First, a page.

Under it the inhabitants of the island observed, as they always had done, the laws promulgated in the mother country. A number of members were added to the municipalities, equal to the number of hereditary members, and the former were by express proviso to be individuals who were highest on the tax list. Thus formed, these corporations elected the deputies who represented the interests of the island at the Spanish congress. This slight political change, which enabled the corporations of Havana, Santiago de Cuba, and Puerto Principe, to name three deputies in the · Estamentos' without other free insti. tutions, was certainly not calculated to alarm the royal authority, how. ever jealous it might be supposed. Three votes, more or less, could not of course cause any uneasiness; but it is ever the consequence of free institutions, in just proportion to their worth, to diminish the importance of individuals. We see then one of the causes of that strenuous opposition so successfully exerted to deprive the island of deputies to Madrid. Such a refusal, where there is an immense amount of productive capital to be benefited or injured, or destroyed by the enactments of government, and where the colony is not allowed delegates to represent its interests at court, has no parallel in any civilized country professing to approve of liberal institutions. The island was at that time governed by General Tacon, whose short-sighted, narrow views and jeal. ous and weak mind were joined to an uncommon stubbornness of character. Never satiated with power, it was through his influence that the wealthy portion of the community was divested of the privileges conferred on them by the Estatuto. He even deprived the old municipalities of Havana of the faculty of naming the under commissaries of police. In his own immodest report of his reign, as it was justly termed, he enumerated the very extensive and costly buildings and public works he had constructed, and from the singular manner in which he accounts for procuring the ordinary means, we must suppose he had the power of working miracles. To sustain his absolute government by trampling on every institution, was the necessary consequence of his first violent and unjustifiable act. It was consequential upon his own and his followers efforts. Any power, any institution, not dependent on the palace of the captain-general, might be the means of denouncing abuses, of ex. posing the real deformity of his and their pretended patriotism; and the numberless parasites whose interest ever was to blind the royal eyes, magnified the virtues of their hero, while they were rapidly accumulating fortunes at his side. In order to obtain credit in the management of the police, he displayed a despotic and even brutal activity in the mode of exacting from the under officers, distributed in the several wards of the city, under personal responsibility, the apprehension and summary prosecution of criminals. They soon found that there would be no complaint, provided they acted vigorously and brought up prisoners. So far from presuming their innocence, or requiring proof of their crimes, those who were once arrested were put to the negative and difficult task of proving their innocence. The more unwarrantable the acts of his subalterns the more acceptable to him, since they, in his opinion, exhibi. ted the energy of his authority. They trembled in his presence, and left it to persecute, to invent accusations, to imprison, and spread terror and desolation among the families of the land! It is but just to add, that the banditti and thieves and professed gamblers were terrified by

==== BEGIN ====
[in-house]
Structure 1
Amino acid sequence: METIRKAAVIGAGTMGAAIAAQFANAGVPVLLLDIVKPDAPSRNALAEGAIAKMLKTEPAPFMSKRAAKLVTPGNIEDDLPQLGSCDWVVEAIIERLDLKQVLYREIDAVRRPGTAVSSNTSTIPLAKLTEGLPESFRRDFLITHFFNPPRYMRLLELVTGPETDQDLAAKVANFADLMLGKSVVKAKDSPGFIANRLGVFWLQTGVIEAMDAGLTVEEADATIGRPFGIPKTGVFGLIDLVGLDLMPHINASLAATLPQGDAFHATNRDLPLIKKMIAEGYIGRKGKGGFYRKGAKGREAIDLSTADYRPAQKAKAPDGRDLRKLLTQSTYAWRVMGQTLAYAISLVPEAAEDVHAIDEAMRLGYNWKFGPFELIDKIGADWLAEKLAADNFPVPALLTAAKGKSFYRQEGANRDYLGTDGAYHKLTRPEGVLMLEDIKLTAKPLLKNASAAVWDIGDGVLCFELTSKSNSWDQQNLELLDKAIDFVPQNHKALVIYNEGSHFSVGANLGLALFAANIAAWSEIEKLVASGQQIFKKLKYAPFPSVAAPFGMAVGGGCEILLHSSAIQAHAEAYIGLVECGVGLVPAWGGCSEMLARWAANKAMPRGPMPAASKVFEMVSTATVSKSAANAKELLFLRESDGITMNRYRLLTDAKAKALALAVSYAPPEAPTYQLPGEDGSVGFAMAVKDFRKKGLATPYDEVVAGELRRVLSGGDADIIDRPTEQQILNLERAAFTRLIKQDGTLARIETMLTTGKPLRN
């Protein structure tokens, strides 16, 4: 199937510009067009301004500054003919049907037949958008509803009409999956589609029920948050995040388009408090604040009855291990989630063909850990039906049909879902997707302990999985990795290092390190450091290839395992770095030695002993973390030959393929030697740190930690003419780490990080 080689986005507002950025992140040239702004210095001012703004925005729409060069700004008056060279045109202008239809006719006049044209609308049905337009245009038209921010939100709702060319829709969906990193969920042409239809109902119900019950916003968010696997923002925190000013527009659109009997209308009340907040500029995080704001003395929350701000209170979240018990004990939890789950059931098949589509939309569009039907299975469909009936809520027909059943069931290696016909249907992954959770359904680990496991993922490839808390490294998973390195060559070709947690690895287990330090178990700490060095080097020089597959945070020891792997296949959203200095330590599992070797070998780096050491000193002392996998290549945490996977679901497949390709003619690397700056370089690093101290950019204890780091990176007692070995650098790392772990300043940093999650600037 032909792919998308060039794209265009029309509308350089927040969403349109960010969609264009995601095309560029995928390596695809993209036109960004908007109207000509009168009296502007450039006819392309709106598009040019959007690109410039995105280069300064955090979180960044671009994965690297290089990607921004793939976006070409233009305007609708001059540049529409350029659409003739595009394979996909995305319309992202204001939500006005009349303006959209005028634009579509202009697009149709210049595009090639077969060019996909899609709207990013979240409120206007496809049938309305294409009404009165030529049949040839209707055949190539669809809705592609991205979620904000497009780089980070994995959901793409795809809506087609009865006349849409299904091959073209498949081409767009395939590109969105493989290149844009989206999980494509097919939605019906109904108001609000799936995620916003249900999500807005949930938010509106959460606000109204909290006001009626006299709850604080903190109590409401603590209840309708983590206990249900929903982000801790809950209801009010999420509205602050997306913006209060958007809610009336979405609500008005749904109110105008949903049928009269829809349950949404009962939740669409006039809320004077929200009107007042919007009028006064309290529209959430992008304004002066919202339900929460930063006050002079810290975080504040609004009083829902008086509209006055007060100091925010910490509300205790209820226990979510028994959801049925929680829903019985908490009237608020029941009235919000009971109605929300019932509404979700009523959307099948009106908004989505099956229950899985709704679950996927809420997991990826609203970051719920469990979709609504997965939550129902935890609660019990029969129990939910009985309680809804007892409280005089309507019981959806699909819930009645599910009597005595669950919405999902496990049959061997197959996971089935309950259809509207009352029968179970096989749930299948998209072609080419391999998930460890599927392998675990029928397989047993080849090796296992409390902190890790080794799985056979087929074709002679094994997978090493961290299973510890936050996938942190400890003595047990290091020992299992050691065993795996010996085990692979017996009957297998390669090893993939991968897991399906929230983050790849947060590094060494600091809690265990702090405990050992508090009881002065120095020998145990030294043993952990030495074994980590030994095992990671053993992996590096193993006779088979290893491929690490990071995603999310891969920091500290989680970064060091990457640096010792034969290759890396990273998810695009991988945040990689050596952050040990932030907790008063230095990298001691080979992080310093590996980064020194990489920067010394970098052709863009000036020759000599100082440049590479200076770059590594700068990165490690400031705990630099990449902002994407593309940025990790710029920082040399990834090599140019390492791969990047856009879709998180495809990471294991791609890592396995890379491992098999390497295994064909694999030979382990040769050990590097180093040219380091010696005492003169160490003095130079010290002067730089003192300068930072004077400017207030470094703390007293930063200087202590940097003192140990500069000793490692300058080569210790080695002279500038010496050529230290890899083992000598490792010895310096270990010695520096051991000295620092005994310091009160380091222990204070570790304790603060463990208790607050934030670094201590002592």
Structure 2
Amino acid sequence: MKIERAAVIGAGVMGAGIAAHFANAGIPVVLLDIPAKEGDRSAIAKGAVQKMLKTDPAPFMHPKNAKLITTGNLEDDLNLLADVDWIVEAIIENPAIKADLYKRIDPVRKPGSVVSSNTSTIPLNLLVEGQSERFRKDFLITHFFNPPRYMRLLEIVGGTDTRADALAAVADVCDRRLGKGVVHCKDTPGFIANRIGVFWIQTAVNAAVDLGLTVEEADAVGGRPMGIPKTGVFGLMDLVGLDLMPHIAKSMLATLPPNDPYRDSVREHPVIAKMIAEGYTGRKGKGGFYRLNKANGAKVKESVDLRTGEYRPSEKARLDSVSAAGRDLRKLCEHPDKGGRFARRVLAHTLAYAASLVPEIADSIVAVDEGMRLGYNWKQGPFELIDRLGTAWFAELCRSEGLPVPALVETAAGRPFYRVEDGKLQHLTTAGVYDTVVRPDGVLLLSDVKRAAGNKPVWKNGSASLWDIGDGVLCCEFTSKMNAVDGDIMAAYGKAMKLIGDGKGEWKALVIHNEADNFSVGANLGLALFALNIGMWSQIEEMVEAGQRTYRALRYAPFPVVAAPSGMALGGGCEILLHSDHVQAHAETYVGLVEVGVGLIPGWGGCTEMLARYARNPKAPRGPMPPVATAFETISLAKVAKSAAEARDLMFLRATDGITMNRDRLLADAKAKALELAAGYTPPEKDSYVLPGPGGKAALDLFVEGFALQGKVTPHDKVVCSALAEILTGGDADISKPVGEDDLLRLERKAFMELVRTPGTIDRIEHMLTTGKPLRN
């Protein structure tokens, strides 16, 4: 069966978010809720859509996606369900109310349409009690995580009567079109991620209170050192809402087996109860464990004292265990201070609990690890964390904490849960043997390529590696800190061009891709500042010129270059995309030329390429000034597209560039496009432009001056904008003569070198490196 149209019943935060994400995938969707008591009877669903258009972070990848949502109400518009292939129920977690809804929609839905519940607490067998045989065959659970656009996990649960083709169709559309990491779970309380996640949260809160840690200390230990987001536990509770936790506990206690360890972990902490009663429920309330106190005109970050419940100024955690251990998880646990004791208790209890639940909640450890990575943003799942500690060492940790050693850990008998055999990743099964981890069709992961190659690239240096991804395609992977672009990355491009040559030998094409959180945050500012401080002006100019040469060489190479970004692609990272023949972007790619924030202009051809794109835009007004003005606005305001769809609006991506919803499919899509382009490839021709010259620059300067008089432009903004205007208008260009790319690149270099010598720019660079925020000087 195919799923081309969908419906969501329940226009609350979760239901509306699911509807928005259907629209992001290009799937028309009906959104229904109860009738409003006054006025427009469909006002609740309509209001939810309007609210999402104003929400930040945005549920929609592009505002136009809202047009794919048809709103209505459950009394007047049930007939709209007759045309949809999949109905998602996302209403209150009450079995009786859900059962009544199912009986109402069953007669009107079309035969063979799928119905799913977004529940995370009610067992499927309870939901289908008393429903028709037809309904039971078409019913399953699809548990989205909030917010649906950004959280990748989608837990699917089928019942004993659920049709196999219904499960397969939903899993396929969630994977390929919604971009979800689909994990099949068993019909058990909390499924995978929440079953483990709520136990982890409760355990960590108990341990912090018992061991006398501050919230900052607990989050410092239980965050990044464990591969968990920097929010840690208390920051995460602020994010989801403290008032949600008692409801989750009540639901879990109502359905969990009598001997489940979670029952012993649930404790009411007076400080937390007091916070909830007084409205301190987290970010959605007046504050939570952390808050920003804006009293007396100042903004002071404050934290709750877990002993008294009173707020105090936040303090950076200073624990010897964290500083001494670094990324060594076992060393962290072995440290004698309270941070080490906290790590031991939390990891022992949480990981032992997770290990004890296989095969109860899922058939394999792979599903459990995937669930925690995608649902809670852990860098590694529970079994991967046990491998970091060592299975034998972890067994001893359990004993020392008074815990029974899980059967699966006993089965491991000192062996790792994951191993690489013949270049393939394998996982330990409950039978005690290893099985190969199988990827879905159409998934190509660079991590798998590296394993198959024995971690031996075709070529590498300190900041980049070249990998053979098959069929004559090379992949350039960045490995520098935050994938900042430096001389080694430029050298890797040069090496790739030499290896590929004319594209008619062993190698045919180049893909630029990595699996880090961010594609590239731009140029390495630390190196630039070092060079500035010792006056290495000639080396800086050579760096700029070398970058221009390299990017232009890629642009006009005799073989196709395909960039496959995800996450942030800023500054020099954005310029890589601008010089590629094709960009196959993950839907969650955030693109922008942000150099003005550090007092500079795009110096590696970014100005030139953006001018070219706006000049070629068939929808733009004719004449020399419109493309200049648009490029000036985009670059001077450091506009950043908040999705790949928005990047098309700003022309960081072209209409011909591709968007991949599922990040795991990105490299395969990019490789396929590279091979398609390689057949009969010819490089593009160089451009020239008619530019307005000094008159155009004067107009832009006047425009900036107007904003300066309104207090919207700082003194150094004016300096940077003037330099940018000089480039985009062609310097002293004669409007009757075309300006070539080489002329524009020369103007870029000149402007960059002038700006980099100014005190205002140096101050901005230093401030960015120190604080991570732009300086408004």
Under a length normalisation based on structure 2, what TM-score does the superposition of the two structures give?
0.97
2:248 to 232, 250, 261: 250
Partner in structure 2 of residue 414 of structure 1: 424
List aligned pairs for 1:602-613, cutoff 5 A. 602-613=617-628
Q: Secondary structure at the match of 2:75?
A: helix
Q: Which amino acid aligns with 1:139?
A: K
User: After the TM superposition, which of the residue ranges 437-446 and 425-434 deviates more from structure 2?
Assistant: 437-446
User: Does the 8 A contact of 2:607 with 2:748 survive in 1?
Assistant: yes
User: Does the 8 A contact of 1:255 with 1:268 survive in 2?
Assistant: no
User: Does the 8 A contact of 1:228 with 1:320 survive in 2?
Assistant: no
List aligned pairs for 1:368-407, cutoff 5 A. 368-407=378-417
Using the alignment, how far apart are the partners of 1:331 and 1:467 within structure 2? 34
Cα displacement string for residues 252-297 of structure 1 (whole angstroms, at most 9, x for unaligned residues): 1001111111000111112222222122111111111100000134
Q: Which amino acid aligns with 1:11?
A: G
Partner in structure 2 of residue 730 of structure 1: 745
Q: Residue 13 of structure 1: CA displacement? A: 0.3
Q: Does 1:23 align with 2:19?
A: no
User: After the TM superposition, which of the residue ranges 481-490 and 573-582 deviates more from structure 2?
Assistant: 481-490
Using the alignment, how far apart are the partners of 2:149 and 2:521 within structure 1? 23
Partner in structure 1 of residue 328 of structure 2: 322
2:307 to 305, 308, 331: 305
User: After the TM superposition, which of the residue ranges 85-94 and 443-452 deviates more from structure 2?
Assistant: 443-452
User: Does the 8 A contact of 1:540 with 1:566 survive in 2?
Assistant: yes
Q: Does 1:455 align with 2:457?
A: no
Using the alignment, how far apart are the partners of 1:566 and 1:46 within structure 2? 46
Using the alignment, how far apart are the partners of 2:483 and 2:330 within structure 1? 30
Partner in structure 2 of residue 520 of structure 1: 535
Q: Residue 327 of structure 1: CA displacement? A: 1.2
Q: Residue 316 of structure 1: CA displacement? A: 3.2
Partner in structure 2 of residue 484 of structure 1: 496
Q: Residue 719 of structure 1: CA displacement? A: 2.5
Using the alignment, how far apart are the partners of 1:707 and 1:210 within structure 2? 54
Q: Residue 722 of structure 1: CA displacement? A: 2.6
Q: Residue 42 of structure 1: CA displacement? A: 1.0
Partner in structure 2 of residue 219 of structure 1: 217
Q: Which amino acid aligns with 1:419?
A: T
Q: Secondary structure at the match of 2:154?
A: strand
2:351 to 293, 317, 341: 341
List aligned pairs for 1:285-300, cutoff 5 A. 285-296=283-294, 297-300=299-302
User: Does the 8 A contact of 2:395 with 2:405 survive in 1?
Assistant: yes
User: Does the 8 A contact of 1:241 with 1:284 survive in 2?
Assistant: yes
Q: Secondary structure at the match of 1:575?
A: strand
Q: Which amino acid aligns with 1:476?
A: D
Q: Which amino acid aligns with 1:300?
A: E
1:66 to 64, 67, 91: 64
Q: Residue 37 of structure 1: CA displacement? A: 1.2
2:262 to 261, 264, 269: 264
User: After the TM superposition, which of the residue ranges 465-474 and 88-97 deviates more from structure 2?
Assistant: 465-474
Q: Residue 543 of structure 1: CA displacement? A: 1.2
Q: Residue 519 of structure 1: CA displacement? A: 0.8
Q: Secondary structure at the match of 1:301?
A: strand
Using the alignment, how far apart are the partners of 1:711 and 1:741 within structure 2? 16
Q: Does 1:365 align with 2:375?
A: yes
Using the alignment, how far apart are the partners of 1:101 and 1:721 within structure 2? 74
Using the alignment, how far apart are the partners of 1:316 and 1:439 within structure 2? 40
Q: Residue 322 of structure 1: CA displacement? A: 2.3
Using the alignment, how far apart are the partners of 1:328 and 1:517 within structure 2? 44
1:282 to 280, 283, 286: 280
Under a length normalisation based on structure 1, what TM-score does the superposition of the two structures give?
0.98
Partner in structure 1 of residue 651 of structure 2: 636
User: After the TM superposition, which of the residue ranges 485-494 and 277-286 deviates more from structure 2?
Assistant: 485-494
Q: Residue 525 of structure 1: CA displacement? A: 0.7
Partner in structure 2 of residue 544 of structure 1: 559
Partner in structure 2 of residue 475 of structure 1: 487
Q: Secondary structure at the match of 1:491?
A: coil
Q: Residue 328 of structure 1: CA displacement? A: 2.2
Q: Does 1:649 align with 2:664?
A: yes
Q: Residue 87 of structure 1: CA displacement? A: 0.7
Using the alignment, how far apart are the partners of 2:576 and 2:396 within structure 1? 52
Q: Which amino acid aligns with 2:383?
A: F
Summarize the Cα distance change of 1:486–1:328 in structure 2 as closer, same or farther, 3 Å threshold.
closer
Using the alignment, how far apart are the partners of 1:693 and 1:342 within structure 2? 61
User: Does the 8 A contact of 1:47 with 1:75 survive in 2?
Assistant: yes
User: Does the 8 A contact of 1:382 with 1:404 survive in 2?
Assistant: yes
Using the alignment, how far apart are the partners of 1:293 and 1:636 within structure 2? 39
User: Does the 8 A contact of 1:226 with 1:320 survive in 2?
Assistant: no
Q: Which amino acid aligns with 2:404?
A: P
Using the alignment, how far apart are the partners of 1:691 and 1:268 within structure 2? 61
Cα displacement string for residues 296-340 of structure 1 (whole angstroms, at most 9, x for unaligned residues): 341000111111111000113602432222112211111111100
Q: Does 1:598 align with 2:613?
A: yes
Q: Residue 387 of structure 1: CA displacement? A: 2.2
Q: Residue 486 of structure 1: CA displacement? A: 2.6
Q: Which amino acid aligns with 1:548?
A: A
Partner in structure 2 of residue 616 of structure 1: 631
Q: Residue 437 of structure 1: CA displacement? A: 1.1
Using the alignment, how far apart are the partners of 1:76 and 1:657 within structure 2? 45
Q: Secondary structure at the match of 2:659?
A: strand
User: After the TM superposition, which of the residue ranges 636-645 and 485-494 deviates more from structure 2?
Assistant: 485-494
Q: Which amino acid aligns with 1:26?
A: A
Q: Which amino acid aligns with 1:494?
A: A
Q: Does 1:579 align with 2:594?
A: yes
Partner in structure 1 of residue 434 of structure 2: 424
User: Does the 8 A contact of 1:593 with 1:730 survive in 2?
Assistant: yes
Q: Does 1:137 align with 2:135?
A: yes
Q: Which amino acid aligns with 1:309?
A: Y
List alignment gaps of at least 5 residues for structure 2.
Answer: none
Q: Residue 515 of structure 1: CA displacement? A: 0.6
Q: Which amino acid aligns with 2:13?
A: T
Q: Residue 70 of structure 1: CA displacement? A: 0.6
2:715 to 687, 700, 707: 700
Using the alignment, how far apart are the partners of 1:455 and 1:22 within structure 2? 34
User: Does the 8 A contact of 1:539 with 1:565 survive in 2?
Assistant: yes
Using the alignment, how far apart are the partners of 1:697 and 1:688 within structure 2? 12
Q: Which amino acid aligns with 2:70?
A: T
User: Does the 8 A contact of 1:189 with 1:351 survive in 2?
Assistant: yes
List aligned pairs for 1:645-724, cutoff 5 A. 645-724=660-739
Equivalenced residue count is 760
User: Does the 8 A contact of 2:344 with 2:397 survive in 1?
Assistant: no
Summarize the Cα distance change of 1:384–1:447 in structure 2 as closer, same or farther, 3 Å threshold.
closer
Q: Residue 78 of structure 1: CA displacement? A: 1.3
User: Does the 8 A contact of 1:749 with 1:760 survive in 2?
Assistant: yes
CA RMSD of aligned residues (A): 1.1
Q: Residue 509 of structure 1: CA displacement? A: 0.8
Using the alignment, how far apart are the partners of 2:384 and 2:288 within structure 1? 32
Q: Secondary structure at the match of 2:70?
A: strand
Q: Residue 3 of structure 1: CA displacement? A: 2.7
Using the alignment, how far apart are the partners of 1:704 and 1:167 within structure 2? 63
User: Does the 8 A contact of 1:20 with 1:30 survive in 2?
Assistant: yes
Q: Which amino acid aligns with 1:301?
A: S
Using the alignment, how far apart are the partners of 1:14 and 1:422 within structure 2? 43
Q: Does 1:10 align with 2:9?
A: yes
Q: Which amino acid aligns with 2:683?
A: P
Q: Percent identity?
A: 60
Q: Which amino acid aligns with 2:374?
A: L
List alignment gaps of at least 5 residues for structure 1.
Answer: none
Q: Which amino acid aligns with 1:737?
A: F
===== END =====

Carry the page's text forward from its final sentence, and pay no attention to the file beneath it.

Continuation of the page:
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his sweeping scythe, and became much more modest than they had been during the brief government of the weak and infirm General Ricafort, the predecessor of Tacon. The timid and short-sighted merchant who projected this reform, did not comprehend or appreciate the illegality of the system, nor its pernicious effects on the future destinies of the country, and was the first to justify the man who dared interpose himself between the Spanish monarchs and their subjects, to silence every complaint of the latter, and to say to the former, · You shall never